Since its introduction in 1996, the Mercury Mountaineer sport-utility vehicle has lived in the shadow of the Ford Explorer because it's been nearly identical to Ford's top-selling SUV, which has received the lion's share of promotion.
But things are different for 2002 because Ford Motor is seeking to make Ford and Mercury vehicles significantly different. Thus, the Mountaineer has slicker styling than the Explorer and a standard third-row seat, which is optional for the Explorer.
The 7-passenger Mountaineer shares its basic midsize design and engines with the thoroughly revamped new Explorer. But it's more posh and has slicker styling, along with a suspension tuned for a smoother ride. The Explorer looks and feels more truck-like.
Both the Explorer and Mountaineer have a longer wheelbase, wider stance and independent rear suspension, which allows better ride and handling—and room for the third seat.
New, Modern V8
There also is a new more modern overhead-camshaft V8, which is optional for $695. The 4.6-liter 240-horsepower V8 has considerably more moxie than the standard 4.0-liter 210-horsepower V6, which has been carried over but upgraded a bit.
The V6 provides decent acceleration if the Mountaineer isn't carrying much of a load. But the V8 is smoother and quieter, although it's rather noisy during hard acceleration. However, it loafs at 2400 rpm at 75 mph.
Both engines are hooked to a responsive 5-speed automatic transmission, which allows quicker acceleration and better fuel economy than a conventional 4-speed automatic. The Explorer offers a manual transmission, but not the Mountaineer. That's just not its style.
Modest Fuel Economy
No midsize sport ute is a fuel economy champ. The heavy Mountaineer's fuel economy thus is only in the low teens in the city and about 20 mpg on highways.
A Mountaineer with the V8 has towing ability of up to 7,300 pounds. But, unlike the Explorer, the Mountaineer has a distinctive all-wheel-drive system with no low-range gearing for rugged off-road driving. It's too genteel for the rough stuff.
The "invisible" all-wheel-drive system doesn't call for driver involvement and is offered with both engines. It distributes 65 percent of engine torque to the rear wheels during normal driving to provide a balanced rear-wheel-drive feel. When the system senses wheel slip or traction loss, it transfers torque to tires with traction. In extreme conditions, nearly all torque can be sent automatically to the front or rear wheels by a viscous coupling.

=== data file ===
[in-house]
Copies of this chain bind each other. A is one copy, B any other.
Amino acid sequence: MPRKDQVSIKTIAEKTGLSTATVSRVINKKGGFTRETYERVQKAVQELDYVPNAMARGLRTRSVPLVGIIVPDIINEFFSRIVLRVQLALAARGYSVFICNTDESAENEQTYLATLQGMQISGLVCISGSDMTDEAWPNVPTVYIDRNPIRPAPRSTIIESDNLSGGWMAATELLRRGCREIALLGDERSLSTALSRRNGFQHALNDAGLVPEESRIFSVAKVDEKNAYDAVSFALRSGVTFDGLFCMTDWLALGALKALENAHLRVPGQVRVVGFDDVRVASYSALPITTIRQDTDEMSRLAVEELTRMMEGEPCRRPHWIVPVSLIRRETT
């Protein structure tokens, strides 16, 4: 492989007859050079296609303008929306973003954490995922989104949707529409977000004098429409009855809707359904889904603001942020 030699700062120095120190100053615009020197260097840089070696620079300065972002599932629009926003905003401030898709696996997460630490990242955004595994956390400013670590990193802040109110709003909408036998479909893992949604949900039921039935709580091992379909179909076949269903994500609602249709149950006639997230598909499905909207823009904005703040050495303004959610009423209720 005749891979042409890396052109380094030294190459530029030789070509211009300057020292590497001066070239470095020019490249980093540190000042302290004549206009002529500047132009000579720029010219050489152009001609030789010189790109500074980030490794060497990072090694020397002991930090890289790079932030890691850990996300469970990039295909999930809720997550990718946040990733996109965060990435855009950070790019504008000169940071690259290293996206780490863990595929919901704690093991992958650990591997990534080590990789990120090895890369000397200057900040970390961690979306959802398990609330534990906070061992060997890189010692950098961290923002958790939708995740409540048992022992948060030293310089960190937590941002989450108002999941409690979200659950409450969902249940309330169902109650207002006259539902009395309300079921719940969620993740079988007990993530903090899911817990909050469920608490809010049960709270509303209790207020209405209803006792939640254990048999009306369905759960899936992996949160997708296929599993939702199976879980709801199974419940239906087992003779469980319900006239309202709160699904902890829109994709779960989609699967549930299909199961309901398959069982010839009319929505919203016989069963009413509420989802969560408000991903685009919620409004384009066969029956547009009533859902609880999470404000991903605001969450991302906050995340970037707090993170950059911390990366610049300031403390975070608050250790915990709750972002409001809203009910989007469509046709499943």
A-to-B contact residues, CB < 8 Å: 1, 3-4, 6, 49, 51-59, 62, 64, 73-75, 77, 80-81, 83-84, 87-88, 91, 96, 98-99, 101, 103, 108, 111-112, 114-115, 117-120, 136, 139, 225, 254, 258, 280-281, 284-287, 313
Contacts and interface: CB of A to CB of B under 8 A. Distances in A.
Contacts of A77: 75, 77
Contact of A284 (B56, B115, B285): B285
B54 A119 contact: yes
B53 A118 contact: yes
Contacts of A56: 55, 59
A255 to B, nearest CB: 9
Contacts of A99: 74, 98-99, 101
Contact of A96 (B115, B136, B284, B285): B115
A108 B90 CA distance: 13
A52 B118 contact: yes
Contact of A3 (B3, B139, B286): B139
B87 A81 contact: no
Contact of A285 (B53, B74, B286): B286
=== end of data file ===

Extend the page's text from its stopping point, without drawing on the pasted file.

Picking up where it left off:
The Mountaineer retains rugged body-on-frame construction but feels very car-like—like a smaller hybrid auto-based truck. It has sharp steering, solid handling and a smooth ride, although the suspension allows mild bouncing over some roads.
Stopping distances are comforting with the standard 4-wheel disc brakes, equipped with an anti-lock system.
The Mountaineer comes in one trim level, whereas the Explorer is sold in a variety of trim levels to help it keep its long-standing position as the top-selling sport ute.
The well-equipped Mountaineer costs $28,730 with rear-wheel drive and $30,710 with all-wheel drive. It's better equipped than the Explorer, with most of the comfort and convenience items found in higher-line autos.
However, leather upholstery is $655 and a power sunroof is $800. Both options must be ordered with the $475 Convenience Group. But that's okay because that group doesn't cost much and has power-adjustable pedals to allow a more comfortable driving position for people of various sizes. The pedals also let drivers move a greater distance from the front airbag.
New Safety Feature
Safety features include new optional head-and-chest side-curtain airbags. They deploy from the headliner across about 75 percent of the side glass area to help protect first- and second-row occupants in outboard seating positions during a collision.
It is fairly easy to get in and out of the Mountaineer, although shorter folks may want the $395 running boards for easier entry and exit. Door handles are large, inside and out.
The quiet interior has comfortable front bucket seats. The second-row seat is split 40/20/40 to make it fairly easy to reach the third-row seat, which provides decent room for two adults.
The upscale interior's ergonomic instrument panel has gauges that can be easily read and large, smooth controls. Front cupholders are conveniently located on the console and large cupholders for second-row occupants are at the back of that console.
There are front-door storage pockets and rear windows go all the way down, which isn't the case with many cars or trucks.
Folding Rear Seats
Both second- and third-row seats can be folded forward to create a large, flat-surfaced cargo area. That's a plus—but there's hardly any cargo area with the third-row seat in its normal, upright position.
The large, wide cargo area allows easy loading, and the tailgate has a deep glass hatch that swings up.
Mercury did a good job with the new Mountaineer, making it a solid alternative to the Explorer for the very first time.